People dressed in Santa Claus and Christmas angels costumes pose for pictures during an annual meeting of a university rent-a-Santa Claus service in BerlinREUTERS/Hannibal Hanschke

The chairman of the Equality and Human Rights Commission (EHRC) David Isaac said companies should take a "common sense approach" in dealing with religion at work.

He said: "Freedom of religion is a fundamental human right and it shouldn't be suppressed through fear of offending. Lots of employers have now become really worried about doing anything discriminatory regarding their Muslim or Jewish staff."

According to the Sunday Express, he added the existing laws were fine but they had been misinterpreted through a fear of causing offence.

He added: "There are a lot of myths out there when it comes to dealing with religion at work. I want to put the record straight."

While some may refer to the festive period as "the winter holidays" as a way of being culturally sensitive and not wanting to cause offence Isaac said: "It is okay to hold a party and to send Christmas cards.

"Most Muslims and Jews I know adhere to their own religious beliefs of course, but to some extent acknowledge that Christmas happens and to some extent, with a small 'c', celebrate it. This is people's lived experience and we need to reflect it."

The government's integration tsar Dame Louise Casey recently said the celebration of Christmas was a British tradition and needed to be preserved to help prevent social divisions.

The EHRC is to publish a major new report next week. The Mail on Sunday, which has seen the report states that it criticizes overzealous organisations that unnecessarily drop references to Christmas or discipline believers who wear crosses at work.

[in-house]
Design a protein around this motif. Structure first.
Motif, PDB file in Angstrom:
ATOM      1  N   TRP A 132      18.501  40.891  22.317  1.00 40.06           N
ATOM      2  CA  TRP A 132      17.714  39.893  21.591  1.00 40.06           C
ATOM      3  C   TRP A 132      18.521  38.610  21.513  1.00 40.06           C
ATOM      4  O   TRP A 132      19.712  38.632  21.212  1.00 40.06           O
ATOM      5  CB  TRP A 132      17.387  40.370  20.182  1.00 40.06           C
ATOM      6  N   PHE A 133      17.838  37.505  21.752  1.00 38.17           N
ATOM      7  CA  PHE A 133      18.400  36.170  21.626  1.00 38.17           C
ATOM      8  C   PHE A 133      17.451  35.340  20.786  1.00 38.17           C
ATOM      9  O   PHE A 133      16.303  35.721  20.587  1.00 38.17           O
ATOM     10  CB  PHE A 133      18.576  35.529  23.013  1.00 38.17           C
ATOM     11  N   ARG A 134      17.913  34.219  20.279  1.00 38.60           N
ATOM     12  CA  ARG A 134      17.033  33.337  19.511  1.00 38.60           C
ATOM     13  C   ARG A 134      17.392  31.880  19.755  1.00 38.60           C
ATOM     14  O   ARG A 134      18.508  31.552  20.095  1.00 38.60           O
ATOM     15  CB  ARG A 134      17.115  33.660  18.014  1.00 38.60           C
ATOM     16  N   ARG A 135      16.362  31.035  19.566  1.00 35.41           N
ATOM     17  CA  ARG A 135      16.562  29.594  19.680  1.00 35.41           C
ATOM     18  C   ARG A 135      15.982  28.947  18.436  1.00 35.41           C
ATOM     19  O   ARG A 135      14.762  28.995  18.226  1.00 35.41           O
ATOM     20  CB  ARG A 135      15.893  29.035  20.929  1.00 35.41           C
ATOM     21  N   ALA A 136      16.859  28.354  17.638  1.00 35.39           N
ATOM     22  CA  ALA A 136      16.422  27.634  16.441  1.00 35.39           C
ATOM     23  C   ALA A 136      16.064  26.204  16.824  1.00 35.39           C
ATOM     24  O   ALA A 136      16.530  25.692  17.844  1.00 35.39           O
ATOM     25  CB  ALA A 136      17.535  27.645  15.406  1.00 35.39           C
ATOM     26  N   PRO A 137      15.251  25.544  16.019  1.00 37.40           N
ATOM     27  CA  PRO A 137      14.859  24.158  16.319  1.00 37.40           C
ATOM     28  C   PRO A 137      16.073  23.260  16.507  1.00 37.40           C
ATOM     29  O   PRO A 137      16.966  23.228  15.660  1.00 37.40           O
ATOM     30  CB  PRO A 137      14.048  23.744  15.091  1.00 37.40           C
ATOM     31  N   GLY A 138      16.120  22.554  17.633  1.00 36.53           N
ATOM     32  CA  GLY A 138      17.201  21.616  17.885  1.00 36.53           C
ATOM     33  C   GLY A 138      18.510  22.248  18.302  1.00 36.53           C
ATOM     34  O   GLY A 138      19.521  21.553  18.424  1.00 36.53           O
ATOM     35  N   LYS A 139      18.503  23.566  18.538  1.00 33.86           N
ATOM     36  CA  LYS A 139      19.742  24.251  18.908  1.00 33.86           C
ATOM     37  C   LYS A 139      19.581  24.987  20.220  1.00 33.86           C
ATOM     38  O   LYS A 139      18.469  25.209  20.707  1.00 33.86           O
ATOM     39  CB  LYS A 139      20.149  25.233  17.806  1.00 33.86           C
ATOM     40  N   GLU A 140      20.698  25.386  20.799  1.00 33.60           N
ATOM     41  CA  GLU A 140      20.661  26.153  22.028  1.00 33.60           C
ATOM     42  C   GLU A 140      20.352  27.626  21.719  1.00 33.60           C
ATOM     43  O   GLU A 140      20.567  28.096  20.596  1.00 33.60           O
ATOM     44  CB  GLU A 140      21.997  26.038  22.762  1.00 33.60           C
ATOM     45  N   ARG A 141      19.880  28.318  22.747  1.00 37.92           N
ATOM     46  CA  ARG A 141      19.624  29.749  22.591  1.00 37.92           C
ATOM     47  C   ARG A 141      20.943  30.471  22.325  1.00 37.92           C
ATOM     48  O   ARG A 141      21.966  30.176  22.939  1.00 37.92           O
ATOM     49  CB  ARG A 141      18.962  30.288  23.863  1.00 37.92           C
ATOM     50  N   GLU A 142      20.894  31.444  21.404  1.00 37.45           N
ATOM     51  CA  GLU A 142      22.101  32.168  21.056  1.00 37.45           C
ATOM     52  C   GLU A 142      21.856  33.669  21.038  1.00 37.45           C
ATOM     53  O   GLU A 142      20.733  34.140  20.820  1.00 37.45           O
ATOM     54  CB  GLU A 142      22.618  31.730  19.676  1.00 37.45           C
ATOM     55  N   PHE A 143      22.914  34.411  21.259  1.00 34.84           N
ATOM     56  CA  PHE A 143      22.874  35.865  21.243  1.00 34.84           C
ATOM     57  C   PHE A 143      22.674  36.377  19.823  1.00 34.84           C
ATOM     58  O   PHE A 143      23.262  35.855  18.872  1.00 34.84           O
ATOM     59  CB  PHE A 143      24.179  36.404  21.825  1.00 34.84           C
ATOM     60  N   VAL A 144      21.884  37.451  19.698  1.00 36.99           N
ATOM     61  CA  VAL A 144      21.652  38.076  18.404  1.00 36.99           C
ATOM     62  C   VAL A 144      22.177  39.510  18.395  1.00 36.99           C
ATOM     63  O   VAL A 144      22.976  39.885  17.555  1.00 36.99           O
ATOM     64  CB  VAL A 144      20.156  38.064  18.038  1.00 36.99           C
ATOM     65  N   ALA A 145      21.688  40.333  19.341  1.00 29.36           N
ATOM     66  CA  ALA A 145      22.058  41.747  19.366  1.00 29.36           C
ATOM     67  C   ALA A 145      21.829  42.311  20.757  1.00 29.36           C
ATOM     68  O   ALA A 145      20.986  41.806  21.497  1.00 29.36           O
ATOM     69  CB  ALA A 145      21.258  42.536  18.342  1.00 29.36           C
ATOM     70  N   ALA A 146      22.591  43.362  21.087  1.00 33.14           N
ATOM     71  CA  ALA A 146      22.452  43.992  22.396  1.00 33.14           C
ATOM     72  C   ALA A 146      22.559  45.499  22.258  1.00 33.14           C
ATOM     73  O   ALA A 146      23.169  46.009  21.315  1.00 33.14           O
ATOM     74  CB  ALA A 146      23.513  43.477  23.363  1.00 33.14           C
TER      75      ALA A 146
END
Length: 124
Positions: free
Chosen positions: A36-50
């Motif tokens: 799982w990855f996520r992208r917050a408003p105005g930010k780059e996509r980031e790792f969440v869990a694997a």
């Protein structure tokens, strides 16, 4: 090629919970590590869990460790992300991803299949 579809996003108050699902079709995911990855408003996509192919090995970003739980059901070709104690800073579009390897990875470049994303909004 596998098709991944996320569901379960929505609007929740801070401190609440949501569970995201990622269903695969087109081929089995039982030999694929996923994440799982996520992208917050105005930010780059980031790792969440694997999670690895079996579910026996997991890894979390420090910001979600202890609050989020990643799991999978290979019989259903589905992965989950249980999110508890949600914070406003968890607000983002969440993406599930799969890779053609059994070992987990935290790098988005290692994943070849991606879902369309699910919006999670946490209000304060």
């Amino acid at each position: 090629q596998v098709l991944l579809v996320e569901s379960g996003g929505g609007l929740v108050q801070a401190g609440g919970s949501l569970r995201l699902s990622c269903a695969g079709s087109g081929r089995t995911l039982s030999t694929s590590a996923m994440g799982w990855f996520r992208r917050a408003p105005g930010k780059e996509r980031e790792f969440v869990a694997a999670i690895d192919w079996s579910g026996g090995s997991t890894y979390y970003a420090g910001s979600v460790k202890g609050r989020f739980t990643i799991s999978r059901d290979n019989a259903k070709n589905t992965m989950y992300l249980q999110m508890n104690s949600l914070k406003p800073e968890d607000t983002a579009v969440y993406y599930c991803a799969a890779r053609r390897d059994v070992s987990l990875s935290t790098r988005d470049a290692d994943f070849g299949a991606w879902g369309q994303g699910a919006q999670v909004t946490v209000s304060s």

The report will:

  • Admonish the UK's biggest cinema chains for banning a Church of England advertisement promoting the Lord's Prayer, and suggest legal action over the case could follow;
  • Support Nadia Eweida, a Christian check-in staff member at British Airways who was suspended for refusing to remove a cross on a chain;
  • Criticise housing association bosses who used 'diversity' policies to demote a Christian staff member for mild comments about gay marriage on his Facebook page;
  • Deride Government departments and town halls that have airbrushed 'Christmas' out of seasonal greeting cards or celebrations to avoid upsetting people of other beliefs.

According to the Mail on Sunday, to the fury of Christian campaigners, the Commission falls short of calling for reform of the controversial Equalities Act 2010 it was set up to police, which bans discrimination against minority groups including religious believers.

The Christian Institute said: "When the EHRC has to remind employers that it's OK to celebrate Christmas, it shows how damaging the influence of the equality industry has been.

"No one needs to remind employers that it's OK to celebrate gay pride. But celebrating Christmas? Apparently that's dodgy ground. It's crazy."

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